Communication and versatility - key elements in the creation of connected objects
Connected objects are inevitable future players in all of our lives, contributing and leading to significant changes in our habits. Whether managing health, supporting simple tools or whole cities, aiding in the fields of education, recreation, and agriculture or vital accessories to simplify everyday life.... these objects have endless applications. In 2015 their numbers worldwide were estimated to be 13.4 billion. According to research by the American consulting firm, Gartner, this figure is expected to soar to 20.8 billion by 2020. Figures could even go higher, flirting with the number of 38.5 billion connected objects that Juniper Research expects to see in use by 2020.
What exactly is a connected object?
To facilitate this intense technological development, human beings are needed - mainly engineers - to design and make the connected objects. An overactive imagination and unusual but specific skills are also necessary for the development of these modules. To be ready for this we need to know exactly what a connected object is. It is defined as a combination of different areas: electronics, mechanics, design, and telecommunications through the wireless and the web. The intelligent device must have the ability to communicate with other elements and be able to "make decisions" based on the data it collects or receives. In addition, it should also have a certain autonomy that allows it to fit discreetly into the lives of its users.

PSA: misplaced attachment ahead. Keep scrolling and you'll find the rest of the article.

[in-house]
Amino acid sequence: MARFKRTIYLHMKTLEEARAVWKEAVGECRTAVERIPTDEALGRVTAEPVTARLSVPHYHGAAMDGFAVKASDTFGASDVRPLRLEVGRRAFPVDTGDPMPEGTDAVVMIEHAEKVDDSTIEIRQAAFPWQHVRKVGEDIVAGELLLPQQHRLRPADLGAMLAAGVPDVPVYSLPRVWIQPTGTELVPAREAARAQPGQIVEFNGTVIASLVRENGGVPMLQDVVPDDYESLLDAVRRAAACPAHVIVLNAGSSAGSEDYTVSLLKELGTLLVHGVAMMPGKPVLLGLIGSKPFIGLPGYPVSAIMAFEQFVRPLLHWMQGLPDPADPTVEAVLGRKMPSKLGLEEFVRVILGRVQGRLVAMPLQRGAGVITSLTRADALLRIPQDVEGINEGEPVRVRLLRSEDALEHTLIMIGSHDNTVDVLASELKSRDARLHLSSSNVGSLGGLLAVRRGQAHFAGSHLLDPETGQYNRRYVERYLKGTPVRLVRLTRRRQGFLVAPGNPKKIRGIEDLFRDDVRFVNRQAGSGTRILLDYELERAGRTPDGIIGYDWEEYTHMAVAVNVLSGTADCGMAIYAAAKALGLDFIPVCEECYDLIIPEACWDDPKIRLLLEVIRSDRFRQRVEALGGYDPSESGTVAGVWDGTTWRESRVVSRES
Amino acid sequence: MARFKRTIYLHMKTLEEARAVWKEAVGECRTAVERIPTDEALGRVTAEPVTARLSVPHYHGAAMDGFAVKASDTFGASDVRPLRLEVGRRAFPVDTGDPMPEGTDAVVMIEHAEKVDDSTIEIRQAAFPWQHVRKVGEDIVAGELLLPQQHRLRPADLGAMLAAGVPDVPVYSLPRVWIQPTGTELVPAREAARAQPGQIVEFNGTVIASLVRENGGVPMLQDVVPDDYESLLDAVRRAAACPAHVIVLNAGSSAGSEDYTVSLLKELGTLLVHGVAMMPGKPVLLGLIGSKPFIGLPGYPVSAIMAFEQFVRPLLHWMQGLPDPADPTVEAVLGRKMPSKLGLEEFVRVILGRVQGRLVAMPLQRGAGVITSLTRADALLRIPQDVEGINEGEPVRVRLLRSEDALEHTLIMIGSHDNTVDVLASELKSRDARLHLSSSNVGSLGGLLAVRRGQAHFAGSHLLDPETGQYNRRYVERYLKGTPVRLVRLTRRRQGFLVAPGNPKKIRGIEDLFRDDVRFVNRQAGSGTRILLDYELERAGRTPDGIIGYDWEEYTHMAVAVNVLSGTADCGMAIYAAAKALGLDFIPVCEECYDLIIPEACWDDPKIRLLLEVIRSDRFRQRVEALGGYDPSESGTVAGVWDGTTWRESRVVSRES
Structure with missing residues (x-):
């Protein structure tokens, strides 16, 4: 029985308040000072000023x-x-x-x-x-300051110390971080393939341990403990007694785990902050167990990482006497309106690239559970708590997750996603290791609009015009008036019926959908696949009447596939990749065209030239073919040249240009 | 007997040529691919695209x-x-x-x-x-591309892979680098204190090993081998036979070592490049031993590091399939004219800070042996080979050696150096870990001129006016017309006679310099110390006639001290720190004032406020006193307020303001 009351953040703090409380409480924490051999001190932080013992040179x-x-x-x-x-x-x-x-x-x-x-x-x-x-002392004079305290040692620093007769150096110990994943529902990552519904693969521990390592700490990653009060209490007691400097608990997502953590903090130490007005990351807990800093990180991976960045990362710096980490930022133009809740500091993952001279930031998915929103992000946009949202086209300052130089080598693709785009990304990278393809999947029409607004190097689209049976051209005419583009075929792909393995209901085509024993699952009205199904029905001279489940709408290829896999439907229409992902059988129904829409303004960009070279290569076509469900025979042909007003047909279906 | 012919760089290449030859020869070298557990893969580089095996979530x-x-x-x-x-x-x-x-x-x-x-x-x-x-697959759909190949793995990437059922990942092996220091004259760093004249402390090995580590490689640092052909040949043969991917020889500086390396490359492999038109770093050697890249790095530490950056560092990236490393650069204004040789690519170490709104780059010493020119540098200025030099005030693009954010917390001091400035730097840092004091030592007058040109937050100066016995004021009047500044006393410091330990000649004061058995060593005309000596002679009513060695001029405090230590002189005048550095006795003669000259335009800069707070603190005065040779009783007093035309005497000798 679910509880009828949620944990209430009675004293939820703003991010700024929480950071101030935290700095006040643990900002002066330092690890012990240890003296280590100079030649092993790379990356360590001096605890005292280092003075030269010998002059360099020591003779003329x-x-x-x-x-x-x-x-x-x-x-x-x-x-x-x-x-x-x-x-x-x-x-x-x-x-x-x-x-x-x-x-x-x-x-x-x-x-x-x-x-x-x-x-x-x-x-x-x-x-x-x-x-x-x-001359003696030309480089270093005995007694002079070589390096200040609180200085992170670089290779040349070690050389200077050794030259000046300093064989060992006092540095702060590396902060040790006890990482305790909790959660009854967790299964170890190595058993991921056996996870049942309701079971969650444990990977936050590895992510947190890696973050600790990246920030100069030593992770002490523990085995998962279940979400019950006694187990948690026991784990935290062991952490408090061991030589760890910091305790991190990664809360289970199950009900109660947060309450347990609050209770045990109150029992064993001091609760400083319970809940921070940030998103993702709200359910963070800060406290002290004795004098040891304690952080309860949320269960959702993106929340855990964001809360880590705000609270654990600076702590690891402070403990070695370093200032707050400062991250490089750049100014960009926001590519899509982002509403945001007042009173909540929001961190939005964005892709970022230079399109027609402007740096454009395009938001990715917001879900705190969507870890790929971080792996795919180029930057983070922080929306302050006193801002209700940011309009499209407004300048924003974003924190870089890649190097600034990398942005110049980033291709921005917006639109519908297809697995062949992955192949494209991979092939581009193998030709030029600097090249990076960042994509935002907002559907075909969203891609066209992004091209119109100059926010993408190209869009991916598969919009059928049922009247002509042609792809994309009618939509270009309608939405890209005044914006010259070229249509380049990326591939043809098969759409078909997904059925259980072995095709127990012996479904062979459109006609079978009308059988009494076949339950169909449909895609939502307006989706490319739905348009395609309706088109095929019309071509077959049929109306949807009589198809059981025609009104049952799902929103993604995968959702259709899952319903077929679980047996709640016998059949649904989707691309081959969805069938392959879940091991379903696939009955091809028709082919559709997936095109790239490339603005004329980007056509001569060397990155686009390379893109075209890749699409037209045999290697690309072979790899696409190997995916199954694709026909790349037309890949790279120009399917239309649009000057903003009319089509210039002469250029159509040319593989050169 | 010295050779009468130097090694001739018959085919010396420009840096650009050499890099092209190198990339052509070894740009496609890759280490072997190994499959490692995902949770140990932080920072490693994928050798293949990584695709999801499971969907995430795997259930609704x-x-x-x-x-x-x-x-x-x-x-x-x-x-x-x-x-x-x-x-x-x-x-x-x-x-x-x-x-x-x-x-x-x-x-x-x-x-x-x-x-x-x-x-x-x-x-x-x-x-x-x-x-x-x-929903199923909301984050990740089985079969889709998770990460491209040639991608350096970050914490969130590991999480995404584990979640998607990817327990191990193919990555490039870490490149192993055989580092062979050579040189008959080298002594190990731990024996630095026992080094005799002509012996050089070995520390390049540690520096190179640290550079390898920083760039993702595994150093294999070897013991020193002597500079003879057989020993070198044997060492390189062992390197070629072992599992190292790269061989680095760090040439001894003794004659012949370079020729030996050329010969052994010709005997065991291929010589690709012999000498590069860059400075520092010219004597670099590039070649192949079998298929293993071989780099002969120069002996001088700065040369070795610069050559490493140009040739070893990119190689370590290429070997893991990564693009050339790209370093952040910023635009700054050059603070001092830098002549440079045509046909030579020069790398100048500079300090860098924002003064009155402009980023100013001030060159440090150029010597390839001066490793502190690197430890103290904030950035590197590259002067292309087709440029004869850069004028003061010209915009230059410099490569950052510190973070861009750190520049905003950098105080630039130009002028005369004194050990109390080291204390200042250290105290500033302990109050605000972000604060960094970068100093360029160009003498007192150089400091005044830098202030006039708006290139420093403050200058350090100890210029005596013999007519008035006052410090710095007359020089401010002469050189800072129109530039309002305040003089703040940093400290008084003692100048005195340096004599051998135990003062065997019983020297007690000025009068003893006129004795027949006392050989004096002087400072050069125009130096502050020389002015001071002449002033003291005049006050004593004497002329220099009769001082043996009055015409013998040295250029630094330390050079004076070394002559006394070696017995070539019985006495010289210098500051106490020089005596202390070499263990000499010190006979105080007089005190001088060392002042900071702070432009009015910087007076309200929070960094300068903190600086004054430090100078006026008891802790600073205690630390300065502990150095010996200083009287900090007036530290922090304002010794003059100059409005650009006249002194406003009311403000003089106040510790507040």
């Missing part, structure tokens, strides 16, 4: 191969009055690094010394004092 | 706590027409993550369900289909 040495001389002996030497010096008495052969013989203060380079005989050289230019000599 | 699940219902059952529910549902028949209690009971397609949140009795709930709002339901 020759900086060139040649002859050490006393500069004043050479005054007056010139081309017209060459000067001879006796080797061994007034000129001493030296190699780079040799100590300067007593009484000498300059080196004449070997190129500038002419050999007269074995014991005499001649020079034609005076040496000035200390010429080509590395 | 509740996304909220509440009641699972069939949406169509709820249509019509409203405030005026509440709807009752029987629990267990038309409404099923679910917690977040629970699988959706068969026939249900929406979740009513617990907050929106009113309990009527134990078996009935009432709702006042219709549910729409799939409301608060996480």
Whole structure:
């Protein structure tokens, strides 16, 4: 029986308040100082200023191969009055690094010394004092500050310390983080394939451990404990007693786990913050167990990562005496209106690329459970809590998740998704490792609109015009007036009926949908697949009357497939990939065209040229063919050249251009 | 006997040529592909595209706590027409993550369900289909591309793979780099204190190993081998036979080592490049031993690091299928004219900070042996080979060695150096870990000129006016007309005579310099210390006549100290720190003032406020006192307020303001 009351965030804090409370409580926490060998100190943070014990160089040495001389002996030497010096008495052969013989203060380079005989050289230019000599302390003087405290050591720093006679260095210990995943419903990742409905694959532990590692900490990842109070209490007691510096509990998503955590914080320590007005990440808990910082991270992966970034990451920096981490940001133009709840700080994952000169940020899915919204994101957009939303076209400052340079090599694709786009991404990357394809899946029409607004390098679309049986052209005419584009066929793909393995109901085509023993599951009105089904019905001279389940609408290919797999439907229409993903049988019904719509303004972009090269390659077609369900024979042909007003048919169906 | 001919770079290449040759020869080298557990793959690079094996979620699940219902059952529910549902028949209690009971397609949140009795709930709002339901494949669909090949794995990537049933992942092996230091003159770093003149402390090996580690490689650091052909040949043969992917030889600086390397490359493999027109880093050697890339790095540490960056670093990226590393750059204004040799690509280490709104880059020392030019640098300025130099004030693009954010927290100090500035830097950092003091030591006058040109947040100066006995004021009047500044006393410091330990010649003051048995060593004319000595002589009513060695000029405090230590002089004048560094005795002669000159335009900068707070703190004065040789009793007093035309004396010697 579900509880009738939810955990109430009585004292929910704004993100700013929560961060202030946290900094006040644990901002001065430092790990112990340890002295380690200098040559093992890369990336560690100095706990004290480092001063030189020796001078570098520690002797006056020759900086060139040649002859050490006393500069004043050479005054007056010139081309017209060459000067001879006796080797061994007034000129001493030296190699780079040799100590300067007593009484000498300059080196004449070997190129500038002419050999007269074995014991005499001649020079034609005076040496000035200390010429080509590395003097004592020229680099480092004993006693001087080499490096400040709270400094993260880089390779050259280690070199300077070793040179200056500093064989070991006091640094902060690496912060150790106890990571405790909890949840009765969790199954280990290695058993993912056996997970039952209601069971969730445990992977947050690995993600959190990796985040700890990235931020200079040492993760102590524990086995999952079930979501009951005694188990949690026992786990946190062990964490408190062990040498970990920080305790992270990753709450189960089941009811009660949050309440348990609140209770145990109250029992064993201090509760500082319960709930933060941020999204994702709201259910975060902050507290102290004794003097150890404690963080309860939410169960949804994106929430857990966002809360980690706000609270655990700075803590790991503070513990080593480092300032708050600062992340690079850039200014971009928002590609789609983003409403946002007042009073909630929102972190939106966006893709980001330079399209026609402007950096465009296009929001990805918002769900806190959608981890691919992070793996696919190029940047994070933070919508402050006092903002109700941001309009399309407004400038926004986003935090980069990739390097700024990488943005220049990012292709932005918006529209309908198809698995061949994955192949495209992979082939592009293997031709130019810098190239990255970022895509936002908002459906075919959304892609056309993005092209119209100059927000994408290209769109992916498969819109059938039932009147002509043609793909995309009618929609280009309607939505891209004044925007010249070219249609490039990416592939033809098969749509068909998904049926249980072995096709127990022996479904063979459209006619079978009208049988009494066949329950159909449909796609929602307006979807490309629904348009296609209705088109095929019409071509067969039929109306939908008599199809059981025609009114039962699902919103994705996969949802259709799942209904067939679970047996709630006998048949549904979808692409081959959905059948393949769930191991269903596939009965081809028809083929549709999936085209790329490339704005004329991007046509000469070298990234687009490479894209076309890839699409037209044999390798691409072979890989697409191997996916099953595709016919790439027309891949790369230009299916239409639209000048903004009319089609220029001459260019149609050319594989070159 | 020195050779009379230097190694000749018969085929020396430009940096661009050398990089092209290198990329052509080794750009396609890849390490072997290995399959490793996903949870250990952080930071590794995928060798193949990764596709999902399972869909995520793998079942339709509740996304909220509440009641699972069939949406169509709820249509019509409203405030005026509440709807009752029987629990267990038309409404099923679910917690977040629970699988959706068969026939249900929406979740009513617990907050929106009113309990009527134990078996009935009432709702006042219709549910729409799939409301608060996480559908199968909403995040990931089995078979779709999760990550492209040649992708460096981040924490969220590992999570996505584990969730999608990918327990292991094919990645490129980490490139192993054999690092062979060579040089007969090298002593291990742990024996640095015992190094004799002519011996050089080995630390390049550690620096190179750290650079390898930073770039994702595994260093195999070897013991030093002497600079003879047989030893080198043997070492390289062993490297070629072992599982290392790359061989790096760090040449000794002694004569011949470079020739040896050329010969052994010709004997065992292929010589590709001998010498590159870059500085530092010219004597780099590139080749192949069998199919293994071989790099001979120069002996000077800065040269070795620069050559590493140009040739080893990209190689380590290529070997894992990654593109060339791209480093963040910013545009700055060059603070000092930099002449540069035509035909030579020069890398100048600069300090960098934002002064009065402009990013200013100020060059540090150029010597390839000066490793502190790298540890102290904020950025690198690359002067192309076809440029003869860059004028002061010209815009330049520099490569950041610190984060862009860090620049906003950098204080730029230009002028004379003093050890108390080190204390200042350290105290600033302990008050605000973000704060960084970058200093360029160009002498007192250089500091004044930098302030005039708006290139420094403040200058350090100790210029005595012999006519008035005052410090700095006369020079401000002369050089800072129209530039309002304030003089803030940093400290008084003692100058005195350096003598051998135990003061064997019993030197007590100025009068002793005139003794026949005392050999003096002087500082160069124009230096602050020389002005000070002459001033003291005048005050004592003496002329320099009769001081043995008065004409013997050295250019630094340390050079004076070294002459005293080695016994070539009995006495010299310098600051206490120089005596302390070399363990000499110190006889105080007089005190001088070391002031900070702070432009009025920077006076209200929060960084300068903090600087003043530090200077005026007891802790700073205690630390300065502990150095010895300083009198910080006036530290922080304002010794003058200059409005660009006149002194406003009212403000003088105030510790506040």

How existing courses on connected objects operate
Several engineering colleges and polytechnics now offer courses that are dedicated to connected objects. A search through their different prospectuses appears to show that the emphasis of courses is on programming (via the web or mobile devices) or on the network itself. The technology skills required seem to be the classic ones. These curricula also place a great emphasis on the students ability to understand the concept of a network and the interdisciplinary processes that surround a smart object and its operation. User experience, usability, and programming language all coexist within these structures.
Connected objects - a world of total integration
Franck Crison is a research engineer in the digital world of engineering based at the ESIEA School. When interviewed for "The Digital Factory" he highlighted the fact that young engineers must have an overall view of the system in which the connected object will be embedded. In the not so distant past, innovative devices could be designed to operate independently of the rest of the world. In the connected universe this is not possible. An intelligent designer must be able to integrate objects into real life: their communication and collaboration with other parts of the same project are totally fundamental.
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